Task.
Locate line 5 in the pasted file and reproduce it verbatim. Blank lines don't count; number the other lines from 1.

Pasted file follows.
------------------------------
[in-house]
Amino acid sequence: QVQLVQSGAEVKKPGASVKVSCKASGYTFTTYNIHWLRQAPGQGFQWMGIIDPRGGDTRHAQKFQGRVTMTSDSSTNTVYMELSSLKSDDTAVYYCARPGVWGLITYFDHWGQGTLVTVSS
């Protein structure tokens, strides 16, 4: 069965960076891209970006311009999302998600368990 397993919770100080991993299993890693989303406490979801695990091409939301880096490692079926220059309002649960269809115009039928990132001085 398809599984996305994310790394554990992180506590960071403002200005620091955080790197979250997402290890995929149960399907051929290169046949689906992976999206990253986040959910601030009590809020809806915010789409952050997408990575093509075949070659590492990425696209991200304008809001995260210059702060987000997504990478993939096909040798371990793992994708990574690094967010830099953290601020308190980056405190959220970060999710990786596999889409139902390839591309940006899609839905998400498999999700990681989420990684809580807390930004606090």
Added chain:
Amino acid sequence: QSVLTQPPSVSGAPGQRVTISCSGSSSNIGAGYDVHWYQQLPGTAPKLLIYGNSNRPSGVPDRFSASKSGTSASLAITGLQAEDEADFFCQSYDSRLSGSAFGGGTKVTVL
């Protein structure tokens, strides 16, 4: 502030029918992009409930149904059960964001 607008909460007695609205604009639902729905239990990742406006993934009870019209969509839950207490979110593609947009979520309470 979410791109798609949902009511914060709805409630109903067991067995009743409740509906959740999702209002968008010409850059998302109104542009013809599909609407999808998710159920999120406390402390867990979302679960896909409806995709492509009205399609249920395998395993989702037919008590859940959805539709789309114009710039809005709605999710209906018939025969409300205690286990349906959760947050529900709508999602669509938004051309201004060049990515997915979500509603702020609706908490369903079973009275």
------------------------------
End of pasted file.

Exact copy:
Amino acid sequence: QSVLTQPPSVSGAPGQRVTISCSGSSSNIGAGYDVHWYQQLPGTAPKLLIYGNSNRPSGVPDRFSASKSGTSASLAITGLQAEDEADFFCQSYDSRLSGSAFGGGTKVTVL